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Title: Personality Traits, Gender and Organisational Factors as Correlates of Communication Styles Among Management Staff in Public Organisations in Southwestern Nigeria
Authors: Oni, M. B.
Keywords: Organisational communication styles
public management staff
Nigerian public service
Issue Date: 2013
Abstract: The negative performance of most public organisations in Southwestern Nigeria are partly attributed to poor information sharing system arising from the defective Communication Styles (CS) being adopted by their management staff. Literature has shown that these defective CS can be corrected with a better understanding of factors such as personality traits, organisational and gender factors. However, previous studies on improving the CS and general performance in the public service have focused more on other issues such as culture, emotional intelligence and professional training than on the combined predictive effects of these factors. This study, therefore, examined the predisposing effects of personality traits (openness, extraversion, agreeableness, neuroticism, conscientiousness), organisational (work overload, role ambiguity, organisational culture) and gender (gender-identity, gender-labelling, gender-linked conducts, peer preference and determinative role) factors on the communication styles of public management staff in Southwestern Nigeria. A descriptive survey research design was adopted. Purposive sampling technique was used to select six best performing public organisations in each of the six states of the Southwest; while the entire 1,910 management staff on grade level 12 and above in these organisations were chosen as respondents. Four instruments were used: Gender Factors Questionnaire (r= 0.78), Personality Traits Inventory (r=0.86), Organisational Factors Scale (r=0.92) and Management Communications Inventory (r=0.93). These were complemented with 12 sessions of in-depth interviews with permanent secretaries and senior directors. One research question was answered and four hypotheses tested at 0.05 significance level. Data were analysed using descriptive statistics, percentages, Pearson‟s product moment correlation, multiple regression and content analysis. Personality Traits (PT), Gender Factors (GF) and Organisational Factors (OF) had a significant joint prediction on communication styles (CS) (F(13,1896) = 27.01; R = .395, R2 = .156, Adj. R2 = .150). Their relative contributions were ranked: PT (β= 0.335), GF (β=-.103) and OF (β=0.069). A significant joint effect of PT on CS was observed (F(5,1904) = 62.428; R = .375, R2 = .141, Adj. R2 = .139); with following relative contributions: Agreeableness (β=0.342), Conscientiousness (β=0.192), Openness (β=0.067), Extraversion (β=-0.095) and Neuroticism (β=-0.072). The GF had a joint significant effect on CS (F(5,1904) = 16.771) and accounted for about 4.0% of the variation. Their relative contributions were: gender-identity (β=0.139), determinative role (β=0.126), gender-linked conducts (β=0.096), gender-labelling (β=-0.170) and peer preference (β=-0.043). There was also a significant joint effect of OF on CS (F(3,1906) = 36.56; R = .233, R2 = .054, Adj. R2 =.053). Their relative contributions were: role ambiguity (β=0.157), work overload (β=0.148) and organisational culture (β=0.143). Interviews revealed that management staff communication style in public organisations was not exclusively a gender issue but a combination of some factors, particularly those relating to personality and organisation. Personality traits, organisational and gender factors impacted positively on the communication styles of public management staff in Southwestern Nigeria. Public organisations, therefore, should ensure flexible and adaptive communication styles.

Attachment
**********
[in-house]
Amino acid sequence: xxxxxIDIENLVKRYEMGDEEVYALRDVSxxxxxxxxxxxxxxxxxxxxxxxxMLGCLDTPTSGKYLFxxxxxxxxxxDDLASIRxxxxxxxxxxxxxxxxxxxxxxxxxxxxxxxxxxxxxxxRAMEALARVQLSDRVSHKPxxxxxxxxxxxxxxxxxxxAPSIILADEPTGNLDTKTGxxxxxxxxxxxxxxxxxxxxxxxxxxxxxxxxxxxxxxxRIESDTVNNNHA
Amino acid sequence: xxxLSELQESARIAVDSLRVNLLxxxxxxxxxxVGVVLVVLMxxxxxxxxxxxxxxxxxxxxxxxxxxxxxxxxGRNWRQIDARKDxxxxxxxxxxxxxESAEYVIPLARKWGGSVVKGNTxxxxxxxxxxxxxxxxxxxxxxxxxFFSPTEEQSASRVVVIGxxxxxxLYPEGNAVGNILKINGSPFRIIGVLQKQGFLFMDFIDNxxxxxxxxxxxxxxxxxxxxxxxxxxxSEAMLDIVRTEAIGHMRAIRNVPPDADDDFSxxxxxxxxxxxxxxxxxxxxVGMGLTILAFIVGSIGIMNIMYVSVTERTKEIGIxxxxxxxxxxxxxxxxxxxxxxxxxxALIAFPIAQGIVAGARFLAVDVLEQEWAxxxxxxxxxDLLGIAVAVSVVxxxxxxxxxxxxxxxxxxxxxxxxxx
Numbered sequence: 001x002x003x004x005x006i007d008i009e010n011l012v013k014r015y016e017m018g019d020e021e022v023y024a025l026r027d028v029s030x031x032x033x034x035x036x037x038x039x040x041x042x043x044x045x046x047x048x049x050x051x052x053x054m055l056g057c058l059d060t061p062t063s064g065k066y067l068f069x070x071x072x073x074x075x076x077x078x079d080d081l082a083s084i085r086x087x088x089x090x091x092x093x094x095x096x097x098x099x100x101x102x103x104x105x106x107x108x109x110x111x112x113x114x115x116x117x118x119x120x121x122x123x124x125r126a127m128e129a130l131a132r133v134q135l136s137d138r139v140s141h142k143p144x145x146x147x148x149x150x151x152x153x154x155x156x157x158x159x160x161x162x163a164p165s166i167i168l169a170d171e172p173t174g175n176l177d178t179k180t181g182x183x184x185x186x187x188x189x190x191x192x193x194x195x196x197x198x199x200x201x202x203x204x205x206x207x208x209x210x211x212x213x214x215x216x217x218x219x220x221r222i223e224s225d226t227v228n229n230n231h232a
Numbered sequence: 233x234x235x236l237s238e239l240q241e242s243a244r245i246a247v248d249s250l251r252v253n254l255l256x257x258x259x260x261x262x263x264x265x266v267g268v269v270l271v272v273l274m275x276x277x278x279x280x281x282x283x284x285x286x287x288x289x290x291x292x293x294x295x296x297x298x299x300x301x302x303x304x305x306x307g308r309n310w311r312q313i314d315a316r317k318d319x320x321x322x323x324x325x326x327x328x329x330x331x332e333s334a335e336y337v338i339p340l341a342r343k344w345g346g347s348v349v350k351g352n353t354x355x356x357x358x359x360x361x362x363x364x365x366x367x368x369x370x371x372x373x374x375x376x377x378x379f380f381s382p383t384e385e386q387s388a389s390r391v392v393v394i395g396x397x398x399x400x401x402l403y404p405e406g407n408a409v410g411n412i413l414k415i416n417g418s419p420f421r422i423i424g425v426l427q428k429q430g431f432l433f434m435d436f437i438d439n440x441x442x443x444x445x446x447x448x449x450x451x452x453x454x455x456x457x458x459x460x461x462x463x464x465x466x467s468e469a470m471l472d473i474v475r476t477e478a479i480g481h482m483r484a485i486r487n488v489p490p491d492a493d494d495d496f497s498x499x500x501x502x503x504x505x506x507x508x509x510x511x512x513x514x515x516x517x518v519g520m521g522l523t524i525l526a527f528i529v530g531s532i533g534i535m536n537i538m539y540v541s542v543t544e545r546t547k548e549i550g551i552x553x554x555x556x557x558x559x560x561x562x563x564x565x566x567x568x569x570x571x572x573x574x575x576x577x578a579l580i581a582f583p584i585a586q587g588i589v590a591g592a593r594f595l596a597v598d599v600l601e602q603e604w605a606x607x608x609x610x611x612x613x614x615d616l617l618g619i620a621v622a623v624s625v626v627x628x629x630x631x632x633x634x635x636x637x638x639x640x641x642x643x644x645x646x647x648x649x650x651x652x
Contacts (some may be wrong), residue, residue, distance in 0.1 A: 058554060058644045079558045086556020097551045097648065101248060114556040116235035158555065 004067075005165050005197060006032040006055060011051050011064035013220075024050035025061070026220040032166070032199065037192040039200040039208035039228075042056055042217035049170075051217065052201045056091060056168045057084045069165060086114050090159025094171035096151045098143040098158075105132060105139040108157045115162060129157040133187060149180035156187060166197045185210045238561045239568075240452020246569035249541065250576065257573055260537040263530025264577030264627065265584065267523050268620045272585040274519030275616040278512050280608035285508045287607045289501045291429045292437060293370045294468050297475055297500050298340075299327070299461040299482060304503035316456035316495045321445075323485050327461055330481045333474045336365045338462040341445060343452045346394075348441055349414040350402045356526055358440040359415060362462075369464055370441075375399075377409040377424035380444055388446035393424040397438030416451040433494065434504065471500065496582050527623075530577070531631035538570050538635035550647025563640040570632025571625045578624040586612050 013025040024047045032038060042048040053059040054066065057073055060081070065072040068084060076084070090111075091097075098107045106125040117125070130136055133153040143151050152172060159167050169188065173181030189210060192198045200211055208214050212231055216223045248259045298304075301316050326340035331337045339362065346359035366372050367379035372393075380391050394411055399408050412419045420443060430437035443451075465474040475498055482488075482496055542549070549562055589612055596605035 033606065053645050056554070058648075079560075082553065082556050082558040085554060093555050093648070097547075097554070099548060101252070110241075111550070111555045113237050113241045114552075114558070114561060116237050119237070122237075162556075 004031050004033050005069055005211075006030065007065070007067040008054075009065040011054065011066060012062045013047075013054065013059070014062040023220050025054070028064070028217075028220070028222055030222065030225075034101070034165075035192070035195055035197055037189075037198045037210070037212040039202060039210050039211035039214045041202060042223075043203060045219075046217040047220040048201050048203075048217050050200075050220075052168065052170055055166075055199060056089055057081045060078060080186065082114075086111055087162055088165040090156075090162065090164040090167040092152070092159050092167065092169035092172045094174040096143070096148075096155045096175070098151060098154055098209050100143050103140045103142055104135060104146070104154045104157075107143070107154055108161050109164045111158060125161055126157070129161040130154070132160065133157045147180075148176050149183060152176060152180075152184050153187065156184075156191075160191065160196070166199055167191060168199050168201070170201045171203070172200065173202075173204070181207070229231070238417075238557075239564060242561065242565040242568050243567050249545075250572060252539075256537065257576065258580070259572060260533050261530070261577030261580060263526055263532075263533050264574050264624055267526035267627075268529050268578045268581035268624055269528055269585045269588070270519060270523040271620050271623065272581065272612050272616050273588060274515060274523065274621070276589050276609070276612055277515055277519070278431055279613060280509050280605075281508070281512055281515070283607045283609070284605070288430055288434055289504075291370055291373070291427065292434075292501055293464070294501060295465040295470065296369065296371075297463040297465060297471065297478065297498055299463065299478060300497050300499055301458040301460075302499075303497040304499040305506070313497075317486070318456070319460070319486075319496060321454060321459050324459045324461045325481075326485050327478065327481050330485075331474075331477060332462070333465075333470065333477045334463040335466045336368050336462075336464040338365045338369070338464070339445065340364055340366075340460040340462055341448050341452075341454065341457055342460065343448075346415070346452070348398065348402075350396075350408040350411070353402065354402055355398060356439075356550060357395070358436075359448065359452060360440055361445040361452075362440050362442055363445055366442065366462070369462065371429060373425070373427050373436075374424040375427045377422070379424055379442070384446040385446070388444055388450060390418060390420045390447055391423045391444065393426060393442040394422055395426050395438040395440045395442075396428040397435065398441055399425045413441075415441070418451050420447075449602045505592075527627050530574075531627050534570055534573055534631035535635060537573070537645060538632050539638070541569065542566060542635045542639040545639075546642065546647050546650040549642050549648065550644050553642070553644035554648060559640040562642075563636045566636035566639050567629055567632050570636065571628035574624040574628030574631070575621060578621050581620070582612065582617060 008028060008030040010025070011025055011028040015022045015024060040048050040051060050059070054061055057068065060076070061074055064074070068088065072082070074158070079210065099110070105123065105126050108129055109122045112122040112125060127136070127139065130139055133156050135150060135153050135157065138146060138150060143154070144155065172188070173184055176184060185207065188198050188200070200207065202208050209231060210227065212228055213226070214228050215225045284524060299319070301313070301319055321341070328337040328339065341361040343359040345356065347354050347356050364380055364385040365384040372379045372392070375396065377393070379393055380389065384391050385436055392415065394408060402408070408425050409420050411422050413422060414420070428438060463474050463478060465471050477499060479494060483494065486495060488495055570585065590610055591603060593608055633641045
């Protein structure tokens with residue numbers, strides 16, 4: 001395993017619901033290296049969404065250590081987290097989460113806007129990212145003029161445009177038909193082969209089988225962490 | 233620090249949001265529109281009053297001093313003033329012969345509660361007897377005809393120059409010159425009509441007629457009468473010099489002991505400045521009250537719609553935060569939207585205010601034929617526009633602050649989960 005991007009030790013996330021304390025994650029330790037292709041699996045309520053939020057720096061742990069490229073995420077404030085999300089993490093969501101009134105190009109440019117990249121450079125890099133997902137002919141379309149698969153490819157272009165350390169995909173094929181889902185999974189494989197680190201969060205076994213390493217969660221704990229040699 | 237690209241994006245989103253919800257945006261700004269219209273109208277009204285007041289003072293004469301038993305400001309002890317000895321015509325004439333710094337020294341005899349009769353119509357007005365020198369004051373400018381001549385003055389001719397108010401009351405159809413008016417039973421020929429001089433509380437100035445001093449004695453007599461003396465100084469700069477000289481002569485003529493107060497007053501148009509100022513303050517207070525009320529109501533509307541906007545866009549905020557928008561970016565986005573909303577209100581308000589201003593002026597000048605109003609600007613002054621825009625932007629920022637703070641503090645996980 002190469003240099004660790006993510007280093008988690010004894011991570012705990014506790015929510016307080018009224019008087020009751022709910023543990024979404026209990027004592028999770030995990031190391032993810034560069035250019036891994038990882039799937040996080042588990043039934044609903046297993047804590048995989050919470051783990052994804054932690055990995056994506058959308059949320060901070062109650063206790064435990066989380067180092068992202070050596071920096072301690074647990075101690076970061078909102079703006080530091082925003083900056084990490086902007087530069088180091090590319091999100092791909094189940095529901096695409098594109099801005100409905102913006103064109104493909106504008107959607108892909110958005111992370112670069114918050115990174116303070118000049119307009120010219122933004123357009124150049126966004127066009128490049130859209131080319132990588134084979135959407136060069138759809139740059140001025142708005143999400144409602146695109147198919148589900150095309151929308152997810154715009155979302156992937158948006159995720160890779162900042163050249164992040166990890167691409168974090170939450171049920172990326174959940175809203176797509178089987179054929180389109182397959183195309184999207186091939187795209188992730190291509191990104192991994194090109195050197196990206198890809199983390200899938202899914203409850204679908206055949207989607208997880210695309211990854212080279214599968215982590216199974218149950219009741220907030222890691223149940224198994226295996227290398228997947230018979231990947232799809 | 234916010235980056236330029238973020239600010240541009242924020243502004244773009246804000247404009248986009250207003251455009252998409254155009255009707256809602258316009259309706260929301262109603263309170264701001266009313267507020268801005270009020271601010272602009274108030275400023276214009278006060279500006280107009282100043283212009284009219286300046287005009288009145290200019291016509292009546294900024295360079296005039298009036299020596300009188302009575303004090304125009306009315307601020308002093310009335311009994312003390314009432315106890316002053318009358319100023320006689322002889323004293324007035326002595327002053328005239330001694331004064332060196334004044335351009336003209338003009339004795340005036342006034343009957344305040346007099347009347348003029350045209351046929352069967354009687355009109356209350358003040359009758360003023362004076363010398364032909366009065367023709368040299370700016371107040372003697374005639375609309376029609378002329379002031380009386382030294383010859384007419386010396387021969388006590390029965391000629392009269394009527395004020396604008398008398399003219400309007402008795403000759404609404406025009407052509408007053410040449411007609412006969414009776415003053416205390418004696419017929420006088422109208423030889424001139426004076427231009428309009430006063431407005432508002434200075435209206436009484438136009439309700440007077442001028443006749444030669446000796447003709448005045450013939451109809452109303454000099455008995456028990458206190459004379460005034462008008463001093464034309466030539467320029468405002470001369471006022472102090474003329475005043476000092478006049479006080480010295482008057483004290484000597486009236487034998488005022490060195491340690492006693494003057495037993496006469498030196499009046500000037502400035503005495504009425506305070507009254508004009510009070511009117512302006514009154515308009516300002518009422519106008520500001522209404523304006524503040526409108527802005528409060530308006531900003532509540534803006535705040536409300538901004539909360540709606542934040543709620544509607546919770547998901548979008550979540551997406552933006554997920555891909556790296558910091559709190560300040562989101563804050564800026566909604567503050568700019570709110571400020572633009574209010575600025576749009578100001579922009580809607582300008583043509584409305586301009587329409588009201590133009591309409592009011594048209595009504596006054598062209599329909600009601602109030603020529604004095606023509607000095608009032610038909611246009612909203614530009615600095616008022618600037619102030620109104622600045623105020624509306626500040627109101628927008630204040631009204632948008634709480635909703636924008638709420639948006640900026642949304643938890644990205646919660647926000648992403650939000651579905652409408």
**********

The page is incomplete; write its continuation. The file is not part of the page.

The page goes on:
Description: A Thesis in the Department of Adult Education submitted to the Faculty of Education in partial fulfilment of the requirements for the Degree of Doctor of Philosophy of the University of Ibadan
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